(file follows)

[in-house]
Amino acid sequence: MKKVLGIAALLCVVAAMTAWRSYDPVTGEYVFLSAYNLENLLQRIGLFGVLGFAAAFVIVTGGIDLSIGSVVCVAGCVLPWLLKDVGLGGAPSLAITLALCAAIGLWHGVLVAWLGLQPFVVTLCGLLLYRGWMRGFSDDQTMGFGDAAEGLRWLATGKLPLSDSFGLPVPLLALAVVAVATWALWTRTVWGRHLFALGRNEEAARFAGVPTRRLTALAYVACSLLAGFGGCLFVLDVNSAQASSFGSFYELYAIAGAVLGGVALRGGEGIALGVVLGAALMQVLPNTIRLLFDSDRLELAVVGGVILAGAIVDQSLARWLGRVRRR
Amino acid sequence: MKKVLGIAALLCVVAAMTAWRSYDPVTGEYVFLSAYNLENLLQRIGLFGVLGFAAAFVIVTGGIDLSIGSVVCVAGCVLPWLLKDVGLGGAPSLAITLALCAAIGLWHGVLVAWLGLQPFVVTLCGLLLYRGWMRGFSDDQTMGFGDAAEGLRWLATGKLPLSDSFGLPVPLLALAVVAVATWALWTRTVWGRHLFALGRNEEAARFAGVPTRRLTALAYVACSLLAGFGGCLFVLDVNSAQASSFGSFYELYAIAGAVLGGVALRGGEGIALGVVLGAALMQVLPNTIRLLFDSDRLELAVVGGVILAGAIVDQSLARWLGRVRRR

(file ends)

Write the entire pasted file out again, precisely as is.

[in-house]
Amino acid sequence: MKKVLGIAALLCVVAAMTAWRSYDPVTGEYVFLSAYNLENLLQRIGLFGVLGFAAAFVIVTGGIDLSIGSVVCVAGCVLPWLLKDVGLGGAPSLAITLALCAAIGLWHGVLVAWLGLQPFVVTLCGLLLYRGWMRGFSDDQTMGFGDAAEGLRWLATGKLPLSDSFGLPVPLLALAVVAVATWALWTRTVWGRHLFALGRNEEAARFAGVPTRRLTALAYVACSLLAGFGGCLFVLDVNSAQASSFGSFYELYAIAGAVLGGVALRGGEGIALGVVLGAALMQVLPNTIRLLFDSDRLELAVVGGVILAGAIVDQSLARWLGRVRRR
Amino acid sequence: MKKVLGIAALLCVVAAMTAWRSYDPVTGEYVFLSAYNLENLLQRIGLFGVLGFAAAFVIVTGGIDLSIGSVVCVAGCVLPWLLKDVGLGGAPSLAITLALCAAIGLWHGVLVAWLGLQPFVVTLCGLLLYRGWMRGFSDDQTMGFGDAAEGLRWLATGKLPLSDSFGLPVPLLALAVVAVATWALWTRTVWGRHLFALGRNEEAARFAGVPTRRLTALAYVACSLLAGFGGCLFVLDVNSAQASSFGSFYELYAIAGAVLGGVALRGGEGIALGVVLGAALMQVLPNTIRLLFDSDRLELAVVGGVILAGAIVDQSLARWLGRVRRR